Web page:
Let the (Electoral College)
Games Begin: The Race To 270

By Mr. E

[ NOTE: The writer is an Independent, "NPA / No Party Affiliation,"
not a Democrat or Republican, and is not supporting any candidate

When Rick Santorum, the second-to-last Republican left standing in the 2012 primaries, exited the 2012 race for president, the mainstream media quickly and dutifully framed the election story as the two party system, "Romney vs. Obama". This is in no way healthy for the public.

Almost 20 years have passed since the disputed presidential election of 2000, yet the electoral college still has not been abolished.

United States presidential elections in 1824, 1876, 1888, and most recently in 2000 and 2016 have demonstrated that the electoral college system makes it possible for a person to be elected president of the United States without winning the votes of a majority of all of the citizens throughout the nation who voted in that particular election.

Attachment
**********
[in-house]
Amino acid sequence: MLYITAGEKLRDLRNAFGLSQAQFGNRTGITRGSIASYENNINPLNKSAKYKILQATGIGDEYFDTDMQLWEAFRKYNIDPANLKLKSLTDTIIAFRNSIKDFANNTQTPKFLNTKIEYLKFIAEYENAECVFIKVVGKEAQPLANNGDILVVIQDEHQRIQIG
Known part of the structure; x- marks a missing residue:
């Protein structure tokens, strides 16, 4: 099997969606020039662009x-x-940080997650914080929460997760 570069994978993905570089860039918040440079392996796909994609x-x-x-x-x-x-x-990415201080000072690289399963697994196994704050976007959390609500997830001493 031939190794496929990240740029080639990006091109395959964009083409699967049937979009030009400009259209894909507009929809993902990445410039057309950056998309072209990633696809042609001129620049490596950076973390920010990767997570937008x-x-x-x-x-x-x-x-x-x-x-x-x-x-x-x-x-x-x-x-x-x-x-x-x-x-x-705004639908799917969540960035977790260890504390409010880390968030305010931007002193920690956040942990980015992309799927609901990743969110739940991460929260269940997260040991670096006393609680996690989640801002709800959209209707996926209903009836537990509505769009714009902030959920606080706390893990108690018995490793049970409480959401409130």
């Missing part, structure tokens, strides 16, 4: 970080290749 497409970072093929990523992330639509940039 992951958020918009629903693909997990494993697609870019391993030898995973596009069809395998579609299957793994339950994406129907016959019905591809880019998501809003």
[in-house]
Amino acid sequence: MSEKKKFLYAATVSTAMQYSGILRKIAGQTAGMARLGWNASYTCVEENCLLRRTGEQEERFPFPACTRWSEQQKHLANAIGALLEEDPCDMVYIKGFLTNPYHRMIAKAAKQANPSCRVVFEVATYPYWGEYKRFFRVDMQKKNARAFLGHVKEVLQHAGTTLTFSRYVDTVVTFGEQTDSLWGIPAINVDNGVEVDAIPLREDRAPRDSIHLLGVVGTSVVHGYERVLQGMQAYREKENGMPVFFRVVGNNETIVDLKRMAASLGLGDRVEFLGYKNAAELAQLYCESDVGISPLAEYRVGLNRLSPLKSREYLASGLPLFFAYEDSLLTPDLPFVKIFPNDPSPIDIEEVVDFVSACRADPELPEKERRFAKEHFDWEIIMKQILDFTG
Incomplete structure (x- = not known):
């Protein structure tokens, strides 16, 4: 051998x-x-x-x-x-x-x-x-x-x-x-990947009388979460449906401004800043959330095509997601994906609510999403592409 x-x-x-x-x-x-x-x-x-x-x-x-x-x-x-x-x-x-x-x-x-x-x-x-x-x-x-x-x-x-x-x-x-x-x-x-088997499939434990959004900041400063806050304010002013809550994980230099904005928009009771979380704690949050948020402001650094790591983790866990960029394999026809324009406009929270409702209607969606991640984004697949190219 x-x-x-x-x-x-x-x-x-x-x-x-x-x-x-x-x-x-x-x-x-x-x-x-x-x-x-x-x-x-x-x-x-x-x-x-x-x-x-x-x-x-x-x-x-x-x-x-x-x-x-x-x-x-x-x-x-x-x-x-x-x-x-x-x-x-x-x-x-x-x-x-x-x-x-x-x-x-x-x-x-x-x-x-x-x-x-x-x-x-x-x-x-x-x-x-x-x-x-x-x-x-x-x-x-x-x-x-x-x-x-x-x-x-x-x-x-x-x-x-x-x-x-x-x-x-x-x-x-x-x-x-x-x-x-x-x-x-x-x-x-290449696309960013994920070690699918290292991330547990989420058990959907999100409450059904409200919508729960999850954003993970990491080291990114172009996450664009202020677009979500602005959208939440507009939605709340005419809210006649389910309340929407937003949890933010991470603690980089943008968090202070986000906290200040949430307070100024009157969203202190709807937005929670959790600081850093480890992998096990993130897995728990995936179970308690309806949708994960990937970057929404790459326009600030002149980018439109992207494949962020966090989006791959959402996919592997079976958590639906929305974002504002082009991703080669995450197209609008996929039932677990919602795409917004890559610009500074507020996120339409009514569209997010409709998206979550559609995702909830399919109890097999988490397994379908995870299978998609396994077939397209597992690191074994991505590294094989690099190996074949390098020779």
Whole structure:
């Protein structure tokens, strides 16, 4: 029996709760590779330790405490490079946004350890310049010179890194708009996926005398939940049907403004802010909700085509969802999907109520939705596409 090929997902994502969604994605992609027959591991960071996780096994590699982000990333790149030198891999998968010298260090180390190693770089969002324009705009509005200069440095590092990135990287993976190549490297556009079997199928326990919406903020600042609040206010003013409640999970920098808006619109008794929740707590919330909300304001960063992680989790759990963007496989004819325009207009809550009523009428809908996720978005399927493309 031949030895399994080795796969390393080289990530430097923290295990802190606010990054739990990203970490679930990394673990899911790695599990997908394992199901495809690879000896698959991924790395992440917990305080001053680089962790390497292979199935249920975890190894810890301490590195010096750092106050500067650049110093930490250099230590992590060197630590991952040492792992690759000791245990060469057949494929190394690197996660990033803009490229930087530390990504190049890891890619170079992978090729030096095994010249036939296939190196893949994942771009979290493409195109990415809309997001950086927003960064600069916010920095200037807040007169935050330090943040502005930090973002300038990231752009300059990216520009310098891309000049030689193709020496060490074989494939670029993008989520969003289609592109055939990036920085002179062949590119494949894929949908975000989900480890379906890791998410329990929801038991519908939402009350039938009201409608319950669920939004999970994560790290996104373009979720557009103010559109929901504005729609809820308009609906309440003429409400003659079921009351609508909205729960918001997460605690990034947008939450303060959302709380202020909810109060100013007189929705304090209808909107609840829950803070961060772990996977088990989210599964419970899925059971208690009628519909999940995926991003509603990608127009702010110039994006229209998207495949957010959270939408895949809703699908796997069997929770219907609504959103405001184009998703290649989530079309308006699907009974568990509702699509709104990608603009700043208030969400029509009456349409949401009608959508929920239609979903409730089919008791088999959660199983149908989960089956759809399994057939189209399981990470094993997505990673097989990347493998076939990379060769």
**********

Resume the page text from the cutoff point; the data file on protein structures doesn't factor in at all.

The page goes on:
The electoral college system defies logic, common sense, and fairness in upholding the equal rights of each individual citizen.

In the electoral college, electors are apportioned to each state based on state population, and using a "winner take all" system, in 48 states (only Maine and Nebraska don't use the "winner take all" system) all electors of the state are pledged to vote for the candidate receiving the most popular votes in that state. Virtually every time, electors have actually voted in the electoral college for the candidate they are pledged to.

The electoral college was created due to the lack of confidence the founding fathers of the United States had in the "common man" to successfully select competent leaders on their own. Even United States senators were not elected by popular vote until 1913, when the 17th amendment to the US constitution went into effect.

Following the disputed presidential election of 2000, it is very surprising that the electoral college has still not been abolished, and how little or no public outcry is heard in support of abolishing the electoral college.